You shrug your shoulders. You know much of the ancient histories of the Dwarvendim. Once you even studied the Elder Tongue with some of the best of your peoples remaining scholars, but you don't feel obliged to make the Kalborean's job any easier.
"All right. If this is how it must be." The Prefect's tone becomes harsher.
"Have you ever heard of the ancient fortress known to your people as Stoneholme?"
For a moment you consider not answering the Kalborean. You do not trust any of them, but you cannot think of a time when a Kalborean has ever asked anything of a Dwarvendim. It is too curious a circumstance not to play along.
"Stoneholme? Any Dwarvendim child can tell you something about the old Stone Kingdoms, but what in Arborell has this got to do with me?"
The Prefect pulls a small highly polished dagger from his robes and plays its mirrored blade through a shaft of light. He seems slightly amused as a thousand shards of brilliance dance out from its metal and spread about the room. Then he looks back at you. His voice carries all the menace of a pit of vipers.
"Vesh. The LoreMages' Guild has need of your services. It would seem that the Tellandra, the most potent talisman of your nation has been broken. We need you to go and fix it."
The Prefect's words are staggering. The smooth stone pillar of petrified wood known as the Tellandra had once been the foundation of all magical power wielded by the Dwarvendim LoreMasters. Using its power the Stone Kingdoms had grown and prospered in the harsh reaches of the Krodestaag Ranges. It was the Tellandra, coupled with the native stonemastery of the Dwarvendim, that had made them a powerful people. For many Dwarvendim the pillar of stonewood was the heart and soul of their nation. It was supposed to be unbreakable.
In waves of understanding the import of the Prefect's words sweep over you. It had been the Kalboreans who had corrupted the potency of the Tellandra and twisted it to their own petty uses. The Dwarvendim had never recovered from the loss. From the look on his face it was clear the Prefect knew you understood. Something was not right though.
"Why should I help the Kalboreans fix something they should never have tampered with in the first place?"
The Kalborean pauses for a moment, nodding to someone behind you before replying. "There are two reasons. The first is that magic extracted from the pillar supports and strengthens the high wall and battlements that protect the city of Maenum. As the potency of the pillar diminishes with each passing day the fortifications that hold back the Hordim will become weaker. Soon enough the Horde Army will break their way in and then all your precious Dwarvendim will die."
"The second reason is more immediate. If you do not agree to attempt this journey I will have you beheaded now!" With that the executioner strides forward and raises his scimitar above his head. In the full light of the day the sword shines as if it is on fire. For a second it hangs there, poised above your neck. It is possible, you surmise, that they may be serious.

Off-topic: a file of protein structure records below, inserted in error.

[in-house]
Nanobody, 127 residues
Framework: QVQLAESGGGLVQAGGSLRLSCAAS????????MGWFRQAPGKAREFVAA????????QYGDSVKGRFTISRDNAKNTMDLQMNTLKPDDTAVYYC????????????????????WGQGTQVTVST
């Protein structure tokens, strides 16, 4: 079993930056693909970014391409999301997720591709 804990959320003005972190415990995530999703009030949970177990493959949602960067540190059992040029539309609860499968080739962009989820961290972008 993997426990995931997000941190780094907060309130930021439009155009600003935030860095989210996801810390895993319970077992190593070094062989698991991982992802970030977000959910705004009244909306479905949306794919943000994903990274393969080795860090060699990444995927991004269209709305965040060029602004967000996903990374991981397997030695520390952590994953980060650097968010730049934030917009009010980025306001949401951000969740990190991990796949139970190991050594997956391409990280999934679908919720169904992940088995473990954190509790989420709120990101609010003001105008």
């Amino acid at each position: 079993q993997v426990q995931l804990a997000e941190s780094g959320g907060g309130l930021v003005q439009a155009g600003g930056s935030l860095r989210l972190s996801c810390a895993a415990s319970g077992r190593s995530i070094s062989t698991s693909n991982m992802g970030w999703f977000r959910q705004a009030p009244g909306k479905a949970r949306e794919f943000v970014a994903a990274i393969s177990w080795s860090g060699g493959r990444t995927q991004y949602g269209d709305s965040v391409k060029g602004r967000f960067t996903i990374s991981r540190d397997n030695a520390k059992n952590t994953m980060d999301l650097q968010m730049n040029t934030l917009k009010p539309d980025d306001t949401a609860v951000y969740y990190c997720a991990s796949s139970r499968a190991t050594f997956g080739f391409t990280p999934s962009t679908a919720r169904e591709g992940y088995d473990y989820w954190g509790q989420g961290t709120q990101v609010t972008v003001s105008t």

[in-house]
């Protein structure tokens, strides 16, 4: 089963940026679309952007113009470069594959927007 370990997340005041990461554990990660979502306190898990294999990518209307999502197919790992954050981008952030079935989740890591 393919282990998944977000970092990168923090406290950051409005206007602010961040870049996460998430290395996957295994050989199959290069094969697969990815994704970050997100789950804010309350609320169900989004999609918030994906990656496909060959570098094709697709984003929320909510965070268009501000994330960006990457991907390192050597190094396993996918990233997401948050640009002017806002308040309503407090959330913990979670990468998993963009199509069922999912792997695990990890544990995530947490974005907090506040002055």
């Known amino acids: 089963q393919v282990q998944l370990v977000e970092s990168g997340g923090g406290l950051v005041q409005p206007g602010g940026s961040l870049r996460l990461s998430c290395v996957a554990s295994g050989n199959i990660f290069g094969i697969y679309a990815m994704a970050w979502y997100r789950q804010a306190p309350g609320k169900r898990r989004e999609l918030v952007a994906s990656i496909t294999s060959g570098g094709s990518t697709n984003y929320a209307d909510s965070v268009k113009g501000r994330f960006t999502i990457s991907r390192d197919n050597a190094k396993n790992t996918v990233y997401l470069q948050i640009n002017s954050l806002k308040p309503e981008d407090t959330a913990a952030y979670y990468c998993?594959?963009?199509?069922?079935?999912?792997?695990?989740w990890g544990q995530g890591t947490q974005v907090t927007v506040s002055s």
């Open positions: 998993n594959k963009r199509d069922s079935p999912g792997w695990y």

"All right" you say rapidly, "Seeing you asked so nicely I'll do it."

:dehr maturi es e' ahda'ma:

In the days that follow your agreement to attempt the restoration of the Tellandra life becomes much easier. Given good food and a dry place to sleep your strength returns quickly, and by the second evening after your interrogation you feel fit to travel. That night, as you are settling down to sleep, the door to your room bursts open. Through the shattered opening strides the Prefect, another LoreMage, and two rather unruly looking guards. Without indulging in pleasantries the Prefect orders the guards to grab your arms. They are immensely strong and you prove no match for them. Easily they pin you to the opposite wall.
"It seems wise Vesh that I ensure you keep your part of the bargain. Hence this collar is to be placed around your neck. Please don't struggle, it will only expose you to possible injury." With that the other LoreMage, a tall, gaunt individual, produces a thick white ring of metal from his robes and quickly affixes it around your neck. You try to struggle but only succeed in almost crushing your throat as the metal ring tightens about your neck.
"The collar is unbreakable. If you do not complete your mission and restore the Tellandra to its wholeness before Maenum falls, then the collar will tighten and slowly remove your head from your shoulders. I have been told that it is both a time consuming and agonising way to die."
Turning away, the Prefect motions to the guards to release you and then orders the other LoreMage to stay.
"Vesh, this is the Tak Lovar, a Historian of the Guild and Inquisitor of the Kalborean Union. Listen well to what he has to say. It may save your miserable life."
Within moments the room is empty save yourself and the Historian. The Tak Lovar does not seem the least concerned at being left alone with you. He carefully cleans the dust from a chair and sits, all the while regarding you as if you hold no mysteries for him.
"Be seated Halokim. I have been directed to provide you with information on the history of Stoneholme and of the last Stone King, Morgen Orncryst the Younger. A King most commonly known to your people as the keeper of the Dragon Windhammer."
Intrigued by the notion of hearing a Kalborean version of an old Dwarvendim folktale you make yourself more comfortable.

:shad u tpesh u shen dehr treachersa:

Sitting back in his chair Lovar takes his time, arranging his robes neatly about his legs before he speaks again. Only when the Historian is finished does he begin his tale.
"Some two centuries before your birth the Dwarvendim Stone Kings began the construction of a vast fortress deep within the ancient granite of the Devkraager Tor, the highest peak of the Krodestaag Ranges. This fortress they named Stoneholme. For many years it served the needs of the Stone Kings as a safe haven from the violence and death of the Sixth Horde War which, as even you would be aware, was being fought between the then Four Nations of Men and the Armies of the Horde. Men all fought as one in those times trying to stem the onslaught of the Hordim as they slowly advanced from the Sanhar down into the warmer lands of Arborell."